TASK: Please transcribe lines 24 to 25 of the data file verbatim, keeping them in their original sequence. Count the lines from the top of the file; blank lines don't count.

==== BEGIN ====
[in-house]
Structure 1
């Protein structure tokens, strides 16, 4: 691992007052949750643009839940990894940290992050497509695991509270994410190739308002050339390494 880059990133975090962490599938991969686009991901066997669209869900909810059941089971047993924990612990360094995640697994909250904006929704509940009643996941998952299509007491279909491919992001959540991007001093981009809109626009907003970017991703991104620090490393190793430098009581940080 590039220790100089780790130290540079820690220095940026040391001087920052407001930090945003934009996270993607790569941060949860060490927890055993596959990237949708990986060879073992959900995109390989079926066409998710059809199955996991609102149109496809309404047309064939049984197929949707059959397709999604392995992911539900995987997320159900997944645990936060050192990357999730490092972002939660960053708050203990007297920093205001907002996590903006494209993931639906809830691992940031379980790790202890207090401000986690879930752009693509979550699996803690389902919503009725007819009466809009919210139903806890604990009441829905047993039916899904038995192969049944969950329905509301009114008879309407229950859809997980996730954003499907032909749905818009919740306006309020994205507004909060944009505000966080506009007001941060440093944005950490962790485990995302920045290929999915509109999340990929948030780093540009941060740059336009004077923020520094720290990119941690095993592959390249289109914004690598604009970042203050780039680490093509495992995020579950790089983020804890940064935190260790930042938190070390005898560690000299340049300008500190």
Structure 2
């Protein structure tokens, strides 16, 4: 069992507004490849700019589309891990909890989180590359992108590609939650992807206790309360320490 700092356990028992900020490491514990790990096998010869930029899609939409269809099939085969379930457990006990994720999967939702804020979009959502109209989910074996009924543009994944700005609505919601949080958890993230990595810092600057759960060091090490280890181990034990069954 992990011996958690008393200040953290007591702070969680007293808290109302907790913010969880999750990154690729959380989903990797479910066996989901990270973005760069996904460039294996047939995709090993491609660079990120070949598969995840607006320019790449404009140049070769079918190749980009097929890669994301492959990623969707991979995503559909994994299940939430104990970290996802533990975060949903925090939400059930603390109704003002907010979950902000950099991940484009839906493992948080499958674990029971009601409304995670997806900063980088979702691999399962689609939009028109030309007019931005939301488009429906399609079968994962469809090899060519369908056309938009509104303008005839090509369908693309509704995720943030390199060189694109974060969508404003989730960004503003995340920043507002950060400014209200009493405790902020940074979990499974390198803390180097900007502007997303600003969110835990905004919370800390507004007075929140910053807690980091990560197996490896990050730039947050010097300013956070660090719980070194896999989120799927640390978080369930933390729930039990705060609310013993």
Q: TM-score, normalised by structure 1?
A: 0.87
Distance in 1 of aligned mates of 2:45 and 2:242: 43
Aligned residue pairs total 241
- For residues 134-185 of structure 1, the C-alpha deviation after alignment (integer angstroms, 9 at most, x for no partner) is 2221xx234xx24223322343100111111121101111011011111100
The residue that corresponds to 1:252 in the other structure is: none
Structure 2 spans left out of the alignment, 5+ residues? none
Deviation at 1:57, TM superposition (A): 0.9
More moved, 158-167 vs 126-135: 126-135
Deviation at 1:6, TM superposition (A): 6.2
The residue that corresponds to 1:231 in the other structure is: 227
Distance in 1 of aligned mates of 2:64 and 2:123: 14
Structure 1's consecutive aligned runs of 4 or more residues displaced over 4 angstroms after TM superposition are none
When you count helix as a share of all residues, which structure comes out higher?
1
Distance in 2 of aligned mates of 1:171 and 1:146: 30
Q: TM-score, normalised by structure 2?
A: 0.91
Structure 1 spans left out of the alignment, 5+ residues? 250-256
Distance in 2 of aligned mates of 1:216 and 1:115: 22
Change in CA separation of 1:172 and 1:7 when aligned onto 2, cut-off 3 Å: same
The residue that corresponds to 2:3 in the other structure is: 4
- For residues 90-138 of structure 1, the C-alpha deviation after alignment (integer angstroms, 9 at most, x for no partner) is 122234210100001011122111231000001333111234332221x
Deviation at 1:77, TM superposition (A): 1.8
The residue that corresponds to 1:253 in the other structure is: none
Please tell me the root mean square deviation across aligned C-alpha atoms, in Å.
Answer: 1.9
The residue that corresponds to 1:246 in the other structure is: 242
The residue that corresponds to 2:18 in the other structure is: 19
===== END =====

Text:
Structure 1 spans left out of the alignment, 5+ residues? 250-256
Distance in 2 of aligned mates of 1:216 and 1:115: 22